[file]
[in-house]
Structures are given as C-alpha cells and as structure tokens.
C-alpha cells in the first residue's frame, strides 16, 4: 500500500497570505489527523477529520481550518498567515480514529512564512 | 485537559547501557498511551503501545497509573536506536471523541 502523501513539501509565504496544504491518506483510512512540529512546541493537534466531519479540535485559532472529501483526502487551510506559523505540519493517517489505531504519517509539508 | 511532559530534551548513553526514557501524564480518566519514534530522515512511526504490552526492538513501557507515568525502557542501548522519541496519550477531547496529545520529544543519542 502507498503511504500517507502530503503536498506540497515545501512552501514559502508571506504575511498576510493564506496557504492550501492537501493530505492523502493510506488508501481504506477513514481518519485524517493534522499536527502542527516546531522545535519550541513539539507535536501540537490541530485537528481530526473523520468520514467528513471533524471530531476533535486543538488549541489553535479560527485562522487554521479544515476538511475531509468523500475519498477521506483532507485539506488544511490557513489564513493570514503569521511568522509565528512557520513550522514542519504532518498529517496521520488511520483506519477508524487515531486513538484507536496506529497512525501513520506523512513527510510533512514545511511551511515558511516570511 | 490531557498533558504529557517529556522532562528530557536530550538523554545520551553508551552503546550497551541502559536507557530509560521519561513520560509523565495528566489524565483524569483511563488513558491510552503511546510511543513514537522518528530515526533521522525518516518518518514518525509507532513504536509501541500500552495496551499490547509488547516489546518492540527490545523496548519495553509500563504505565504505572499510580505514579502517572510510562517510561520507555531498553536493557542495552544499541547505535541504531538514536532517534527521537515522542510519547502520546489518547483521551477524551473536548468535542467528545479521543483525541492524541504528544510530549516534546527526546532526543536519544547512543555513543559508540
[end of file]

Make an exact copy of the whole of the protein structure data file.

[in-house]
Structures are given as C-alpha cells and as structure tokens.
C-alpha cells in the first residue's frame, strides 16, 4: 500500500497570505489527523477529520481550518498567515480514529512564512 | 485537559547501557498511551503501545497509573536506536471523541 502523501513539501509565504496544504491518506483510512512540529512546541493537534466531519479540535485559532472529501483526502487551510506559523505540519493517517489505531504519517509539508 | 511532559530534551548513553526514557501524564480518566519514534530522515512511526504490552526492538513501557507515568525502557542501548522519541496519550477531547496529545520529544543519542 502507498503511504500517507502530503503536498506540497515545501512552501514559502508571506504575511498576510493564506496557504492550501492537501493530505492523502493510506488508501481504506477513514481518519485524517493534522499536527502542527516546531522545535519550541513539539507535536501540537490541530485537528481530526473523520468520514467528513471533524471530531476533535486543538488549541489553535479560527485562522487554521479544515476538511475531509468523500475519498477521506483532507485539506488544511490557513489564513493570514503569521511568522509565528512557520513550522514542519504532518498529517496521520488511520483506519477508524487515531486513538484507536496506529497512525501513520506523512513527510510533512514545511511551511515558511516570511 | 490531557498533558504529557517529556522532562528530557536530550538523554545520551553508551552503546550497551541502559536507557530509560521519561513520560509523565495528566489524565483524569483511563488513558491510552503511546510511543513514537522518528530515526533521522525518516518518518514518525509507532513504536509501541500500552495496551499490547509488547516489546518492540527490545523496548519495553509500563504505565504505572499510580505514579502517572510510562517510561520507555531498553536493557542495552544499541547505535541504531538514536532517534527521537515522542510519547502520546489518547483521551477524551473536548468535542467528545479521543483525541492524541504528544510530549516534546527526546532526543536519544547512543555513543559508540